Oil prices may fall below $80 a barrel this week as regulators probe the banking industry’s foreclosure practices in the U.S., offsetting expectations of more quantitative easing by the Fed, a CNBC poll of traders and analysts showed.
Investors are worried that banks did not follow proper due diligence when foreclosing on homes whose owners were not making mortgage payments, which could result in costly litigation, fines and additional mortgage repurchases, Reuters reported.
Bank of America shares hit their lowest in more than a year on Friday, while the KBW bank indexfell 2.4 percent.
“The evolving foreclosure investigation may slow oil’s Fed inspired rise,” said Phil Flynn, senior energy analyst for PFGBest Research. “We should be a bit range bound” this week, he said.
Mike Sander at Sander Capital Advisors reinforced the point, saying oil’s correlation to the stock market and, by association the listed banks, makes it vulnerable to weakness.
“The price of oil is highly hinged on how well the Dow Jones is doing,” Sander said. “Some sectors seem to be doing very well, like tech, but with the foreclosure halt bringing banking shares to new year lows, I don’t see the equities market pushing to new highs. If equities stall, oil will as well.”
CNBC’s survey correctly predicted that prices would fall for last week. For the week that ended October 15, Nymex crude futures for November delivery dropped $1.41 a barrel, or 1.71 percent, settling Friday at $81.25/bbl.
This week, four out of 9 respondents (about 44 percent) forecast price would extend declines, five (around 56 percent) expect the market to remain unchanged. There were no bullish calls.
On Friday, Fed Chairman Ben Bernanke built the case for a second round of purchases of long-dated Treasurys, or quantitative easing, to help ensure the recovery stayed on track.
That’s going to cause further debasement of the U.S. dollar, propping up the broader commodity complex, said Gavin Wendt, Founding Director and Senior Resource Analyst at MineLife Pty Ltd.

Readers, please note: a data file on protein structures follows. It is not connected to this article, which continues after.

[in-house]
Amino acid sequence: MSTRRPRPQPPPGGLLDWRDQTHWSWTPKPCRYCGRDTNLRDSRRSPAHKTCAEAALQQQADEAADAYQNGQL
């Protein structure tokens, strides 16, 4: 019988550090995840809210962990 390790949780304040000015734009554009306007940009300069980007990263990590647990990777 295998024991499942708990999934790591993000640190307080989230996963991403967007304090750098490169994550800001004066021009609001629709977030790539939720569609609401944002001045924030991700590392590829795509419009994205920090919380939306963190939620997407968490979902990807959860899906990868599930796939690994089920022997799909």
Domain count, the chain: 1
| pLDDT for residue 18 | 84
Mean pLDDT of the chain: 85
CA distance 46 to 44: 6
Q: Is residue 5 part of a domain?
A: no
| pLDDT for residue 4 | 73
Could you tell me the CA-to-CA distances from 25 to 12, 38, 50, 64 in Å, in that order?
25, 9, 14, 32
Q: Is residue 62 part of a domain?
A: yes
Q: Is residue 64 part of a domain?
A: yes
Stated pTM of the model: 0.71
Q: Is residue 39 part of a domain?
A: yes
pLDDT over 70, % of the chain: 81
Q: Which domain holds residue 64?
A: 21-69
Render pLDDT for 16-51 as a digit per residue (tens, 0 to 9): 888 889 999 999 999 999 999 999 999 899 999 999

“Oil should manage to hold its ground again this coming week,” Wendt said. “The major factor pure and simple is the U.S. dollar, which shows no sign of shaking off its recent weakness, especially given Ben Bernanke’s comments on Friday. Whilst the dollar struggles, oil and virtually all other commodities, will continue to outperform.”
Still, many investors feel the dollar sell-off has run its course since further accommodation by the Fed has been well flagged and factored into prices.
“The dollar has been panicking lower…other currencies, gold and oil seem like they have been panicking higher,” said Roger Nusbaum, Chief Investment Officer of Your Source Financial. “Guessing when that will reverse is just that, a guess but Aussie dollar parity has been a stopping point many time before so maybe it will be this time as well.”
The Australian dollar reached parity with the U.S. dollar late on Friday night for the first time since the currency was floated in December 1983.
Peter McGuire, managing director at CWA Global Markets Pty., also expects to see a “sell off” in commodities including oil and gold if the dollar bounces. “From where I sit the U.S. dollar has been the driver for higher energy and gold over the past 6 weeks or so.”
Mark Waggoner at Excel Futures argues the dollar will continue to be the “driving force” in setting the direction for oil prices. A pullback in the short term will push prices down to $79.50 a barrel, he said. Longer term, Waggoner expects a return to $100 a crude “within 6 months and $120 to $130 by July next year."
Akhilesh Kamkolkar, at Orb Investment Management Pty Ltd in Sydney adds: “I'm betting on a big buy of the dollar over the next week or 2... then crude getting slammed.”